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Beyond TolerationThe Religious Origins of American Pluralism$
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Chris Beneke

Print publication date: 2006

Print ISBN-13: 9780195305555

Published to Oxford Scholarship Online: September 2006

DOI: 10.1093/0195305558.001.0001

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 Open to All Parties

 Open to All Parties

The Ordeal of Religious Integration

(p.79) 3 Open to All Parties
Beyond Toleration

Chris Beneke (Contributor Webpage)

Oxford University Press

This chapter examines religious discourse in mid-century America, which was characterized by unprecedented ecumenism and surprisingly widespread praise for integration. Beginning in the mid-1740s, religious writers stressed the common principles that Protestants of all denominations shared. During the same period, colonial institutions of many types declared themselves “open to all parties” — by which they usually meant all religious parties. Extended accounts of the Free Mason movement, the legislative assemblies of New York and Philadelphia, and the fight for control of King’s College (Columbia University), demonstrate a growing consciousness of religious diversity and the increasing priority accorded to interdenominational cooperation.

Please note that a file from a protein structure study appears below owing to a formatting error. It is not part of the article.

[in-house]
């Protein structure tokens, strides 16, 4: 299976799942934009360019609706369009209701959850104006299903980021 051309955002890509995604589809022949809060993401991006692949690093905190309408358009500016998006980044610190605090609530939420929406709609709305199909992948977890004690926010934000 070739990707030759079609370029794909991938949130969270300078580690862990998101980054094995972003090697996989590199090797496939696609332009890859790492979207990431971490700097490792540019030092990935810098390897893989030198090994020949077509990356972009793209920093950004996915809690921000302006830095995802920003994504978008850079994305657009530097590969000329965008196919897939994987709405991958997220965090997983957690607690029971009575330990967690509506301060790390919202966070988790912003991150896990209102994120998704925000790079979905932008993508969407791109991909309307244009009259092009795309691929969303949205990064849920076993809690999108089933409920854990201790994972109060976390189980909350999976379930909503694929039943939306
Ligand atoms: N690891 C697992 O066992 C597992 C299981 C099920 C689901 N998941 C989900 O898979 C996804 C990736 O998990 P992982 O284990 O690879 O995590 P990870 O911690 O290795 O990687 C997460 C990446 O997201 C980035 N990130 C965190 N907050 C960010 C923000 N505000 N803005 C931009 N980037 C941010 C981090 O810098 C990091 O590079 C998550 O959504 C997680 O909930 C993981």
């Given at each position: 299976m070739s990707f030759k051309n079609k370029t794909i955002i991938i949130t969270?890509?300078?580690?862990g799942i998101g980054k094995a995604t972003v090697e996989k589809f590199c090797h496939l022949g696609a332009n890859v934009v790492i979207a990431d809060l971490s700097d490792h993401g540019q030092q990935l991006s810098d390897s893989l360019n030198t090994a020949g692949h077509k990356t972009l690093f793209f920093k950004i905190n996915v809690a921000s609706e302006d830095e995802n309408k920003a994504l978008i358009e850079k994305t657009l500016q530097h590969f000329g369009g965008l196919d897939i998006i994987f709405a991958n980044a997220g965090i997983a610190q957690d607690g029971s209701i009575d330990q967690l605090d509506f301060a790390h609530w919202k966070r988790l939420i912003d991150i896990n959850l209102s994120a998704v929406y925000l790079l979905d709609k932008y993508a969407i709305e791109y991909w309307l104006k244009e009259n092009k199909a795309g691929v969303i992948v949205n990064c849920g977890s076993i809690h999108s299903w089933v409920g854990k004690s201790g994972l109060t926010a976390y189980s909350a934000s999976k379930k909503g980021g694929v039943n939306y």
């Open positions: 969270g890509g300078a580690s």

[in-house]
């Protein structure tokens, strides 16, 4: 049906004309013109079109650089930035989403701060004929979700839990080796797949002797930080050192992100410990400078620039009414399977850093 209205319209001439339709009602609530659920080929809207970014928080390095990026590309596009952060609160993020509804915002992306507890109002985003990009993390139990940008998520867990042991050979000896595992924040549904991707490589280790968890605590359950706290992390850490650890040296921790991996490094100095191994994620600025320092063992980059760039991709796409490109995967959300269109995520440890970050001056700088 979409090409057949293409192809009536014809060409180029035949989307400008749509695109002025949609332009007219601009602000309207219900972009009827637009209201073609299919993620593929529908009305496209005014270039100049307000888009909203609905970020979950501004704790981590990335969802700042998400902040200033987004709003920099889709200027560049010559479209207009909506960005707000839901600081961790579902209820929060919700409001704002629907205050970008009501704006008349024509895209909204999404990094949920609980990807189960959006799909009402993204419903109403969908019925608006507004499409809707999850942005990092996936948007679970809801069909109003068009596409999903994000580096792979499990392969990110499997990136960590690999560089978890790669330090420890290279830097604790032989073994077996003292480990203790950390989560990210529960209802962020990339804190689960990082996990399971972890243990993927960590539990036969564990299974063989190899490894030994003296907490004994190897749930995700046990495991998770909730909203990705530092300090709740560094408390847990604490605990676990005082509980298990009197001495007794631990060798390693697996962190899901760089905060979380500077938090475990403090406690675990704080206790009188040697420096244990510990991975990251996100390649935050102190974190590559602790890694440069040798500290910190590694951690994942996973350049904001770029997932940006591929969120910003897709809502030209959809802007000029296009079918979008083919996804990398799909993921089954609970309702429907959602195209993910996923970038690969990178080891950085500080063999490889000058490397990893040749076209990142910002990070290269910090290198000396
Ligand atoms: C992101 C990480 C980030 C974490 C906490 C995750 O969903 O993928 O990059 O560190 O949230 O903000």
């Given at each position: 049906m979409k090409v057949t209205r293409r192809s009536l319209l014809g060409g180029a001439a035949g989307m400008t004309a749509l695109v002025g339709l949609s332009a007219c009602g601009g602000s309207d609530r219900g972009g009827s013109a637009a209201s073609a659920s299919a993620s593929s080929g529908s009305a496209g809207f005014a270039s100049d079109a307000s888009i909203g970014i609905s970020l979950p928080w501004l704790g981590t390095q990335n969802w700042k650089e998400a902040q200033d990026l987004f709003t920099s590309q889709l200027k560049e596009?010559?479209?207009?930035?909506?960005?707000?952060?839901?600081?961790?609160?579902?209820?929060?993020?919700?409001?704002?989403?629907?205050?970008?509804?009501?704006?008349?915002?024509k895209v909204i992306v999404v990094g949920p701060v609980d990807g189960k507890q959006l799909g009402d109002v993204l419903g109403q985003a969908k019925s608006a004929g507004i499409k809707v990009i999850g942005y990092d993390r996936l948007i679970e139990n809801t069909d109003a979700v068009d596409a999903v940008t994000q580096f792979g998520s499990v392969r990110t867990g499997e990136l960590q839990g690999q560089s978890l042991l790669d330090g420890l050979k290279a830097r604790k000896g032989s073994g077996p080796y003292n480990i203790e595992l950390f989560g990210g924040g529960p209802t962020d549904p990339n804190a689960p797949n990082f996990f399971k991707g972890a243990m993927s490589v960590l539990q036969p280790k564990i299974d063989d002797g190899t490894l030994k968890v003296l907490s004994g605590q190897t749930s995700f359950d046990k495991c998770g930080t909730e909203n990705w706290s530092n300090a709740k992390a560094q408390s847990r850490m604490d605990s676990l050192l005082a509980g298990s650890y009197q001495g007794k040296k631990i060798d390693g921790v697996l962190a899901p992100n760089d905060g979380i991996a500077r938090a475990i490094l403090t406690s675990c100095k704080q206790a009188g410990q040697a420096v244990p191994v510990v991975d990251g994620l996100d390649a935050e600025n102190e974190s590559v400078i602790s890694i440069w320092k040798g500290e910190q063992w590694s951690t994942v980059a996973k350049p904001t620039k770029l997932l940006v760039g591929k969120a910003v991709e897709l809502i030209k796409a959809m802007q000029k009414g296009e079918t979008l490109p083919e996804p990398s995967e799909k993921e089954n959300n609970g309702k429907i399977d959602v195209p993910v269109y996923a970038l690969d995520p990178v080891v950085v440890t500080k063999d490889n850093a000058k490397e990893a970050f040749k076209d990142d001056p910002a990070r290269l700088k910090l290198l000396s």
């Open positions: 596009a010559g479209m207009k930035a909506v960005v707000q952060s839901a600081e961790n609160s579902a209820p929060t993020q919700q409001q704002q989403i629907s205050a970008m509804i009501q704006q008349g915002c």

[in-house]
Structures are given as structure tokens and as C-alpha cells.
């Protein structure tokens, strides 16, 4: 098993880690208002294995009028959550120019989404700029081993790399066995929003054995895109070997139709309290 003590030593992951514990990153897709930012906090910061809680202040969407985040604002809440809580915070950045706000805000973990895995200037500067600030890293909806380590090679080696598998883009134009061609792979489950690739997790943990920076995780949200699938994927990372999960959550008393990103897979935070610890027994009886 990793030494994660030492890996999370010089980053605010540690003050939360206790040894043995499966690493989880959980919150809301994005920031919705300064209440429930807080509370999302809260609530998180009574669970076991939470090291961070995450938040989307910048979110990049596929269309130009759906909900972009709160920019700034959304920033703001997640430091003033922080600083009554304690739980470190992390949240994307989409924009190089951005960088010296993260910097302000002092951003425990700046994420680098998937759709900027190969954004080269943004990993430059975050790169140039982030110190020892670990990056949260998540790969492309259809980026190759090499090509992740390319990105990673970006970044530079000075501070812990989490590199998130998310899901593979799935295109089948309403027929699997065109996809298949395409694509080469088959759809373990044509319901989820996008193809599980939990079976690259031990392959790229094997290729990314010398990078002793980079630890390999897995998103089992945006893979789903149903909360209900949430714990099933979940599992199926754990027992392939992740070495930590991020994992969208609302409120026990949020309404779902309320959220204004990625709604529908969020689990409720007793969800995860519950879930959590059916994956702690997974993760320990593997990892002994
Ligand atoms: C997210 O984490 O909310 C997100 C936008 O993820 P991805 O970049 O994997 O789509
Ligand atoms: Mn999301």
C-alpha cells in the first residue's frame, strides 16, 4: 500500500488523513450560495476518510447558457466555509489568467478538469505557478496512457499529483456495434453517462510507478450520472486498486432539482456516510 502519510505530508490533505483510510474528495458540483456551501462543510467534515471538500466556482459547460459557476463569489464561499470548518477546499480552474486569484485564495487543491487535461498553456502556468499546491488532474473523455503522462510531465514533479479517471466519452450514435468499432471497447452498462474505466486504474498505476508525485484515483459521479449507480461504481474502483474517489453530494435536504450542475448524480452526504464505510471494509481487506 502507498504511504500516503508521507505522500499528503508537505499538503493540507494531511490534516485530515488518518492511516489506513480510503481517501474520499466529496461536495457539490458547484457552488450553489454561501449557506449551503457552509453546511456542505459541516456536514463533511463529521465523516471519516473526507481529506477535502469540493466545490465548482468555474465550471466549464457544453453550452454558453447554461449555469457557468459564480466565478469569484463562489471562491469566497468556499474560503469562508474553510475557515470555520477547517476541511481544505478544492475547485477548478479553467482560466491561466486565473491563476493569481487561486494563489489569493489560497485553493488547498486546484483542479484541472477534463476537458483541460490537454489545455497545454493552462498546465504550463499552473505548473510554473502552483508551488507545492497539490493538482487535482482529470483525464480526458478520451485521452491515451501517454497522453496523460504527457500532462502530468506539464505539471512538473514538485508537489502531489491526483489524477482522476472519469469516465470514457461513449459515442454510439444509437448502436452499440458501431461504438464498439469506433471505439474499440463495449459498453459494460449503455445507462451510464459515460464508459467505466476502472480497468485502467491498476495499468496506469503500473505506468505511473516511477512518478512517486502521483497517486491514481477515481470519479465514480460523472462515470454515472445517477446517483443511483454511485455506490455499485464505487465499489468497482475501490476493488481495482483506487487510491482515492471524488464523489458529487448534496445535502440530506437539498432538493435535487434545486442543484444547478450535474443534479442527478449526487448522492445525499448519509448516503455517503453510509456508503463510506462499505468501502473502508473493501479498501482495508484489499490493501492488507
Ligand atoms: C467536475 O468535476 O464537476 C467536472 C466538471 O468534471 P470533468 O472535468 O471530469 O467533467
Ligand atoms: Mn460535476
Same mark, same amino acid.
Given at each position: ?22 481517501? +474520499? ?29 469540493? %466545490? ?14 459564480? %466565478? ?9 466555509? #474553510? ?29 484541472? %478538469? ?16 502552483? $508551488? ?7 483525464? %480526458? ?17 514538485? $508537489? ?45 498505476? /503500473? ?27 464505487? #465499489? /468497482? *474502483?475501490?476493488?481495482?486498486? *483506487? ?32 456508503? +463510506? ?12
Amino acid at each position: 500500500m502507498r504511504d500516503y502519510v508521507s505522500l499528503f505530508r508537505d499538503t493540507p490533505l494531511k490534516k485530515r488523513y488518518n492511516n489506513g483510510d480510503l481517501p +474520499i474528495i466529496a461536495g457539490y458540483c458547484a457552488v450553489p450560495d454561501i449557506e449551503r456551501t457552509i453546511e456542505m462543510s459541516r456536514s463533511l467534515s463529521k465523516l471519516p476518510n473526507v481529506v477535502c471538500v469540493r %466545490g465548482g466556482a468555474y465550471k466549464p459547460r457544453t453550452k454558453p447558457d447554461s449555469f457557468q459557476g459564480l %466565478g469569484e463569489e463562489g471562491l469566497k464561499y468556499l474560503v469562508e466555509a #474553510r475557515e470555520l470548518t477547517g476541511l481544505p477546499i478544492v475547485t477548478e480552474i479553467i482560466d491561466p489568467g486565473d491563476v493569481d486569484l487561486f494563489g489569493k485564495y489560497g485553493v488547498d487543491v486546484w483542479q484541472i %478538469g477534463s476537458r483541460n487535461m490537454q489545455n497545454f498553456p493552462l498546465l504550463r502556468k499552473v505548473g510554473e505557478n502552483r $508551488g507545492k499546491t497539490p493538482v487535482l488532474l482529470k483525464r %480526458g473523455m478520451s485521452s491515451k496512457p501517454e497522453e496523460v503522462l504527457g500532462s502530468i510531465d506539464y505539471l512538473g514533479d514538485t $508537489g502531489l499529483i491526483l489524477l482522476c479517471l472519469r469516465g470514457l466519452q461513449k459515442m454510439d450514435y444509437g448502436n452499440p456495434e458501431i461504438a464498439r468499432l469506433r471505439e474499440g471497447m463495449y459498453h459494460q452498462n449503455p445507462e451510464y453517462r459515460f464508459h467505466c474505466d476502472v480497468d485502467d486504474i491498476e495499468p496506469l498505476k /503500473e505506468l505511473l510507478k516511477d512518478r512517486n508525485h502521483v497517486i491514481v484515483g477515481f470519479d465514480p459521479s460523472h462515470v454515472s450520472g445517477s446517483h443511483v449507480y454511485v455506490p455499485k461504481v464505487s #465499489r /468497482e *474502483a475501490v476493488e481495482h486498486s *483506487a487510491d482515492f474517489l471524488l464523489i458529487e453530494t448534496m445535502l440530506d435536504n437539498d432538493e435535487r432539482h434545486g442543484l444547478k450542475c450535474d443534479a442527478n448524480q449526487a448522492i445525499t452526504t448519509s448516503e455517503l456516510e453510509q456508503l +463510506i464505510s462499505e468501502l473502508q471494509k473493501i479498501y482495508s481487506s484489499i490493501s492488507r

Keywords:   ecumenism, integration, Protestants, denominations, open to all parties, free masons, New York, Philadelphia, King’s College, religious diversity

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